The study which was jointly undertaken by JICA, MMDA and Phivolcs, aimed at formulating a masterplan for reducing earthquake impact in Metro Manila towards ensuring a safer metropolis. Its foremost recommendation was to enhance the legal framework and institutional capacity for disaster risk management in Metro Manila. In particular, the report recommended the passage of a comprehensive law on disaster risk reduction and management. On this recommendation, I wish to state that, as legislators, we have done our job.
However, the required action by the local government units and other agencies of government on the other key recommendations must be monitored and their progress reviewed if we truly mean business.
We also need to look into the state of our early warning systems for tsunami early warning and our national and local emergency preparedness and response for earthquake and tsunami, including our system for requesting and receiving international humanitarian assistance.
Moreover, we must examine the capacity of our local communities to implement disaster risk reduction measures, especially in the barangays, towards strengthening local capacity to prevent and prepare for any disasters.
For safer schools and hospitals
Furthermore, it is important that action is being done to find out the earthquake vulnerability of our schools and hospitals, two most critical public infrastructures, that must be made safe from any disaster, and the means by which we could rectify any deficiencies found.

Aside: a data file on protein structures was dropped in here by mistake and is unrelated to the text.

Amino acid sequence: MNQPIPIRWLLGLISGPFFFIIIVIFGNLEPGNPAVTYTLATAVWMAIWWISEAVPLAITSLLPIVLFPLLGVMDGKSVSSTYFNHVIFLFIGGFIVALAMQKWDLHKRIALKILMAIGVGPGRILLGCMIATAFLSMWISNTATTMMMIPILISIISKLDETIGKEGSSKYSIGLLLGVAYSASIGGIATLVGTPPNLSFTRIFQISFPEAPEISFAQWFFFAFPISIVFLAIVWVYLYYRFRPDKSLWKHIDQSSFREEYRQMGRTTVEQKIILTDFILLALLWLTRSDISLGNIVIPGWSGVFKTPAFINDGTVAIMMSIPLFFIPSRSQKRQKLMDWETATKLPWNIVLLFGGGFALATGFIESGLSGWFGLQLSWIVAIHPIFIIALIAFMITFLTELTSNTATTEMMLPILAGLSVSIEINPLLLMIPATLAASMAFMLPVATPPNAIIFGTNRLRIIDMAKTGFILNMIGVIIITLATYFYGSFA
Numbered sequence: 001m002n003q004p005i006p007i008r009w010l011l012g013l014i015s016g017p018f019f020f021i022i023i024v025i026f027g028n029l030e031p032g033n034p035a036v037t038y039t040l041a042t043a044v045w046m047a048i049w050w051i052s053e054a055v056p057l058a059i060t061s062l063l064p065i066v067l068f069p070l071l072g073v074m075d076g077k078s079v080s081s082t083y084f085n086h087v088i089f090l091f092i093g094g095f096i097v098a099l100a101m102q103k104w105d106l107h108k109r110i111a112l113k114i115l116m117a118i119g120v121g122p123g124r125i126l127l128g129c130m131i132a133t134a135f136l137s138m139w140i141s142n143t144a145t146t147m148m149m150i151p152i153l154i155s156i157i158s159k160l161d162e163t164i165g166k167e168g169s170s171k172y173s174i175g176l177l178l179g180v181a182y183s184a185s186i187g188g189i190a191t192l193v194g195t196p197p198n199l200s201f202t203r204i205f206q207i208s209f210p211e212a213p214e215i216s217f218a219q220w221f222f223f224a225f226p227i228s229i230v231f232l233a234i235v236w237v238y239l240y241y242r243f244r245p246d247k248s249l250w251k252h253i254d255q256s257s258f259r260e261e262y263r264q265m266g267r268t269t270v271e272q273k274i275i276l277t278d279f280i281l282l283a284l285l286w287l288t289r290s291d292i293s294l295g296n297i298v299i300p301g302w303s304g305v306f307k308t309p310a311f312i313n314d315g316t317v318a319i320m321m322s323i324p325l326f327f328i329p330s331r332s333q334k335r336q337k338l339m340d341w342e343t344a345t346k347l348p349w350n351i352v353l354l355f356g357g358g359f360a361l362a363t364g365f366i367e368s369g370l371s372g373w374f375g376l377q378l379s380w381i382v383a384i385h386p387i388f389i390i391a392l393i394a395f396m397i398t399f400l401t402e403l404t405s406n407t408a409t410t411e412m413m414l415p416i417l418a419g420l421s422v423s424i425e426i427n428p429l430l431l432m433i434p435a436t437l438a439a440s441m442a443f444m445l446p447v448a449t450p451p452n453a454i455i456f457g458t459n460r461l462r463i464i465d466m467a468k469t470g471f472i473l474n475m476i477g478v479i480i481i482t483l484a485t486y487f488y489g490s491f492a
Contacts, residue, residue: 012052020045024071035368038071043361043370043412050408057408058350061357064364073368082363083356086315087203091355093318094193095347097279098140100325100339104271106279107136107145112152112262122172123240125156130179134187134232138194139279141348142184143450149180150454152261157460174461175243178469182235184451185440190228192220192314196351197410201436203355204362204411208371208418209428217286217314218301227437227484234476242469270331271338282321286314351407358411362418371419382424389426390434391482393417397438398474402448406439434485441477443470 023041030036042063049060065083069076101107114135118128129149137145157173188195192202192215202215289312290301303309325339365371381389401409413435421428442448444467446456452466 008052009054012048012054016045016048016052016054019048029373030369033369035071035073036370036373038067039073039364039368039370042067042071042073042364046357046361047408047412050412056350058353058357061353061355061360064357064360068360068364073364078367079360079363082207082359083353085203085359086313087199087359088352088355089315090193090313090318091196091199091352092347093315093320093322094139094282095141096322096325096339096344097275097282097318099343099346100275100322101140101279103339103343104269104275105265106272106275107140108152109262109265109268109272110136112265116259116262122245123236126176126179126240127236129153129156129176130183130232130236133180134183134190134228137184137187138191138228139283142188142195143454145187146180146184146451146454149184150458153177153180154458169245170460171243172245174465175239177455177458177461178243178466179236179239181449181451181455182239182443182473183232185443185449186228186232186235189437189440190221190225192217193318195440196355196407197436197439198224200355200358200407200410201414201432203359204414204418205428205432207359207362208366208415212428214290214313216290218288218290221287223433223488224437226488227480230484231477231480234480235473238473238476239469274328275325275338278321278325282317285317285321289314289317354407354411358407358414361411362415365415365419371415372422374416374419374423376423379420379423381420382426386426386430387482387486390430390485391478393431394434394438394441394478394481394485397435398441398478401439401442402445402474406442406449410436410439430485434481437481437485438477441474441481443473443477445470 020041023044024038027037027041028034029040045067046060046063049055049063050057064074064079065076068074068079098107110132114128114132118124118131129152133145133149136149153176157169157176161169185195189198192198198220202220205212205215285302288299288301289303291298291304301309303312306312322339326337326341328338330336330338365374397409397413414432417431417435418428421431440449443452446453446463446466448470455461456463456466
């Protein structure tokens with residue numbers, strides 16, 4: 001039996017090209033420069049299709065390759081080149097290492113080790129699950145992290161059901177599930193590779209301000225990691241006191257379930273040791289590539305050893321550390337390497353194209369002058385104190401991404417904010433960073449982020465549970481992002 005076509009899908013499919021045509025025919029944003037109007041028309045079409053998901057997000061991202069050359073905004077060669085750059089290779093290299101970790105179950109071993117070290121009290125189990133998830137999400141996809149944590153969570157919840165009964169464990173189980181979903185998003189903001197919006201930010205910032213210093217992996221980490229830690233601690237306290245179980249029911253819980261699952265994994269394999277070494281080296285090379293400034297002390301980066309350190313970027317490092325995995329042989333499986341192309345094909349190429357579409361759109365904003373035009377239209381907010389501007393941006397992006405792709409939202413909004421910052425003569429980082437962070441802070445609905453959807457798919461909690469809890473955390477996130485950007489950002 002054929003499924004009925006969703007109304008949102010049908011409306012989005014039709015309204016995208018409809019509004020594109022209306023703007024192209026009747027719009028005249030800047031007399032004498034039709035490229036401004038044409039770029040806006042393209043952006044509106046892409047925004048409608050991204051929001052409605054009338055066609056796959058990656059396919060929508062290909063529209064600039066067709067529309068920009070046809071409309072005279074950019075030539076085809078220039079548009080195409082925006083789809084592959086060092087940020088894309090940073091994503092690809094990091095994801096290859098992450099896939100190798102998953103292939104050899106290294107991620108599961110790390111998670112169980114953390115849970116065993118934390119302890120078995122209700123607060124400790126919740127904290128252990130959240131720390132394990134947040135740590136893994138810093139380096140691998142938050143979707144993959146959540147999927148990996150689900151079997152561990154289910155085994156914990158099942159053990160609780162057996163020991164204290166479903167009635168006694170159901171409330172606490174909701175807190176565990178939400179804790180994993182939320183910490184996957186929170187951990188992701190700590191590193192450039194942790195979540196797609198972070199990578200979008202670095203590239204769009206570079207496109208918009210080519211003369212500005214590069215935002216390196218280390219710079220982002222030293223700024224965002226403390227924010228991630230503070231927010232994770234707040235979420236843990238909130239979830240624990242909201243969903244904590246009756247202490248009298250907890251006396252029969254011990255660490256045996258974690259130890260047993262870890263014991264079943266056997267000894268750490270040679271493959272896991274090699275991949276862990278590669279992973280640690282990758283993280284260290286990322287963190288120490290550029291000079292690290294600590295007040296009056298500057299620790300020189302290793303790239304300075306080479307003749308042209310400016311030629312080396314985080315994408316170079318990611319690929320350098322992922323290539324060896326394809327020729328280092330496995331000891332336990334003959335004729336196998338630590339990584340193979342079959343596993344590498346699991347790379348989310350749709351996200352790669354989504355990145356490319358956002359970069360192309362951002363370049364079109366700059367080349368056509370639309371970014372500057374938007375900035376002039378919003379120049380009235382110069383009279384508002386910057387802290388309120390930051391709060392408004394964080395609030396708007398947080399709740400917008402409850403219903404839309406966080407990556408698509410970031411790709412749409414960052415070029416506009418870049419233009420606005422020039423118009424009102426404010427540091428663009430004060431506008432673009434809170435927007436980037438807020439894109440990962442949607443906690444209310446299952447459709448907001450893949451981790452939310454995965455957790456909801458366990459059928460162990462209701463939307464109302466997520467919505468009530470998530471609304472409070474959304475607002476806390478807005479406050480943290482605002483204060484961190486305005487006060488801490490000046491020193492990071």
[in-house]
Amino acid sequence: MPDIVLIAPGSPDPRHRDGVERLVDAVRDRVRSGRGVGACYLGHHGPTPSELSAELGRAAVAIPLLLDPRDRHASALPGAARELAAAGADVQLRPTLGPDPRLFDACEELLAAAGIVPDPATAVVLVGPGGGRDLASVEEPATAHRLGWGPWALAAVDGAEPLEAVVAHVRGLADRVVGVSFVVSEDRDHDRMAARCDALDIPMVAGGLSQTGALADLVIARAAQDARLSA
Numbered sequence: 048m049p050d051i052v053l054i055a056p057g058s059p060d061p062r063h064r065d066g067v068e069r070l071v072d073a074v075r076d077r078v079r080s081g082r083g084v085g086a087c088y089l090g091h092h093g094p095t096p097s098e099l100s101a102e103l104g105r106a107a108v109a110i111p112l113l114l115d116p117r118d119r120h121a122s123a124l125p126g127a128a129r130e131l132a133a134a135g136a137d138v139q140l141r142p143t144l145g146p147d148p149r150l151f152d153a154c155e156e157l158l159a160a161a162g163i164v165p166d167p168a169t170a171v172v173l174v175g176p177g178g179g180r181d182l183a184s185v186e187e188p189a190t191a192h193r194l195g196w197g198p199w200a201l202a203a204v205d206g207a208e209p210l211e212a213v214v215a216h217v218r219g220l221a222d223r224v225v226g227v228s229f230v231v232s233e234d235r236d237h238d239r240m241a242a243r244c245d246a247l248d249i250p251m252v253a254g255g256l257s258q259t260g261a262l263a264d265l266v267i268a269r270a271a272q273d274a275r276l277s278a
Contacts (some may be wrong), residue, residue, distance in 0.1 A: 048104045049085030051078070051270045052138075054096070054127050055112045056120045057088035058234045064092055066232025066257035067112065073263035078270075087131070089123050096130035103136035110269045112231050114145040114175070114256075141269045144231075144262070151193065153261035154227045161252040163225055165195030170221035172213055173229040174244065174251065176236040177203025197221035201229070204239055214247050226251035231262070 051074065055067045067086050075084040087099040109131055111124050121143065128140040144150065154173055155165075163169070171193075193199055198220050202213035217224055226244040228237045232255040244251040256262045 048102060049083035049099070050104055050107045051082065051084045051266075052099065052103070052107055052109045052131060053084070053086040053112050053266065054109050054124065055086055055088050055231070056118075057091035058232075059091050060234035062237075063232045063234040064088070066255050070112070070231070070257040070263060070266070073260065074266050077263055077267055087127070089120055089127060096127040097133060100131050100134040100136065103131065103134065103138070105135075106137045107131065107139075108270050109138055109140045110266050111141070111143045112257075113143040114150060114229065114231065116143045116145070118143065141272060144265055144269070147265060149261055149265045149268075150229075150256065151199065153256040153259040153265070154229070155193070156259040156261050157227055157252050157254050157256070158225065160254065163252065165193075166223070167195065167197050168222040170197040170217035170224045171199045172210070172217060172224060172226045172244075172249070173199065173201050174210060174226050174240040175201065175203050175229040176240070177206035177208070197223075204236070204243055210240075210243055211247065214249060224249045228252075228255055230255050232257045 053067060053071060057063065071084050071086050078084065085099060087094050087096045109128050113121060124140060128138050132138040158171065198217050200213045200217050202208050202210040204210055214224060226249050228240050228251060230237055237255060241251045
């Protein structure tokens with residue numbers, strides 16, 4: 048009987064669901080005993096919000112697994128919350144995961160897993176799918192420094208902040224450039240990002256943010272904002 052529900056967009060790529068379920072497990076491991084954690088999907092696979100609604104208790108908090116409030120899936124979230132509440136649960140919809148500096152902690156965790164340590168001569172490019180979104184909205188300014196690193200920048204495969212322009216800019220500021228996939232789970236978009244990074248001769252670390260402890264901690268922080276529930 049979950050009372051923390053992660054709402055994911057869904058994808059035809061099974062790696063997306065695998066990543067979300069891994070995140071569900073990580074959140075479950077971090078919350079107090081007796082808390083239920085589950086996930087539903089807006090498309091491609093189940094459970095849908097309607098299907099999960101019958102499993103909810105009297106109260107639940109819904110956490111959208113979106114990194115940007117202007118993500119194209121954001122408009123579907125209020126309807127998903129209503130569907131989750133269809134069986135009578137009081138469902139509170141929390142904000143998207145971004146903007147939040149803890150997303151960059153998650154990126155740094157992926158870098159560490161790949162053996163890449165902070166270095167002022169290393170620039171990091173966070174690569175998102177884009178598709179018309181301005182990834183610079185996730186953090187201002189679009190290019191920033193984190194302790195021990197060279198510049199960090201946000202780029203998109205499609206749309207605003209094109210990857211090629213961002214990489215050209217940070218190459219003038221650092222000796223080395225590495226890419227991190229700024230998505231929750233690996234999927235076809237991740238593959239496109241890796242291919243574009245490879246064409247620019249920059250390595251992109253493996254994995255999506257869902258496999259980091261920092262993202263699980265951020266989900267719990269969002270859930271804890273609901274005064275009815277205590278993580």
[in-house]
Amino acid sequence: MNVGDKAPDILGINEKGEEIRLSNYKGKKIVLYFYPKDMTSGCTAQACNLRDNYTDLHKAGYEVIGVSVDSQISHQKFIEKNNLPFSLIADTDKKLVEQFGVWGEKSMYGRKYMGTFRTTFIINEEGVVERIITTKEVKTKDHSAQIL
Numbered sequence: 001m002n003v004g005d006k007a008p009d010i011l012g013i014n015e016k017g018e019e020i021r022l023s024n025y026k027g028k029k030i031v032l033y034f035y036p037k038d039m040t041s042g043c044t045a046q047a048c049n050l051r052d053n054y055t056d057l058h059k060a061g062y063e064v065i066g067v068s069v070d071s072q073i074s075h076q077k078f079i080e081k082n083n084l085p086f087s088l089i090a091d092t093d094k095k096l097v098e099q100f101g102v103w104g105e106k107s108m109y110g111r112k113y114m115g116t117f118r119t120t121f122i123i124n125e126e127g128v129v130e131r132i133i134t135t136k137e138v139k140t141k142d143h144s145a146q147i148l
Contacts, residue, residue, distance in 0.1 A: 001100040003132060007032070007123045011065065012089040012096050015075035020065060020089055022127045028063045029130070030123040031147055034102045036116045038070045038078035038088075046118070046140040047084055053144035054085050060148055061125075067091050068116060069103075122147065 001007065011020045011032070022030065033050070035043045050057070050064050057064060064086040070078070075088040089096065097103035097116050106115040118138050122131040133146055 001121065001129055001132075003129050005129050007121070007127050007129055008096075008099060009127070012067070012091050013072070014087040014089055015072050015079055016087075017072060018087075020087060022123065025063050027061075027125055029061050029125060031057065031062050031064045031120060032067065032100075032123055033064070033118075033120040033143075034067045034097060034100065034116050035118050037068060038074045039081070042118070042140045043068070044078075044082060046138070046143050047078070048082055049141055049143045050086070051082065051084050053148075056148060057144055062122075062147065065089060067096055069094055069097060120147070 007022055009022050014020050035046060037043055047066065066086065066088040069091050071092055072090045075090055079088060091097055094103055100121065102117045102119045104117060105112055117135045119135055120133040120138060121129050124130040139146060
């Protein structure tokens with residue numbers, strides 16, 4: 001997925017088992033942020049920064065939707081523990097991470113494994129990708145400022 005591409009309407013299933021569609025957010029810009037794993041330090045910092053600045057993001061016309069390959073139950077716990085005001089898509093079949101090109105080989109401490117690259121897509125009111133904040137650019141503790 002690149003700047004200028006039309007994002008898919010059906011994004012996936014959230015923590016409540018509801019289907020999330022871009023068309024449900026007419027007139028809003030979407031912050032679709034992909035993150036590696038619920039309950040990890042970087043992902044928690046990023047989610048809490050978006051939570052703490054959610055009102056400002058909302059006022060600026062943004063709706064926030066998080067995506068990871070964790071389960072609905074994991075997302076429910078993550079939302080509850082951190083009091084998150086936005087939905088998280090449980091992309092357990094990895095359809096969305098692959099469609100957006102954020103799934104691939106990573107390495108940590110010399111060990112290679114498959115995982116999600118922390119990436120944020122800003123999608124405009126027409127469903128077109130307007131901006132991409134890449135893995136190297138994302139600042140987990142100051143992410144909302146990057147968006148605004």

I am pleased to inform the Senate, that in last month’s launch of the UNISDR’s campaign on making cities resilient, the Department of Education and the Department of Health, together with MMDA and eight city mayors, committed to assessing the disaster risk and instituting risk reduction measures in all schools and hospitals in Metro Manila.
This commitment, however, we must all see translated into immediate action and measurable outcomes.
Disaster risk reduction made integral part of school education
Lastly, I wish to emphasize once again the importance of making our youths know and understand natural hazards, such as earthquake and tsunami, and how their impacts translate into disaster situations. School children must know the difference between a tsunami and a tidal wave, and the natural early warning signs of an approaching tsunami. The integration therefore of disaster risk reduction into our school curriculum is something we must pursue and ensure that is done.
I have spoken before this chamber many times, urging authorities to put in place the necessary mechanisms for effective disaster risk reduction and management, emphasizing the need to act immediately, and giving a glimpse of what could happen if we fail to do so. And this I shall continue to do to secure a safer and brighter future for the nation. This is my responsibility as a Senator, and my commitment to the Filipino people.
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SENATOR LOREN LEGARDA How Prepared Are We? Privilege Speech on Japan’s Earthquake and Tsunami Disaster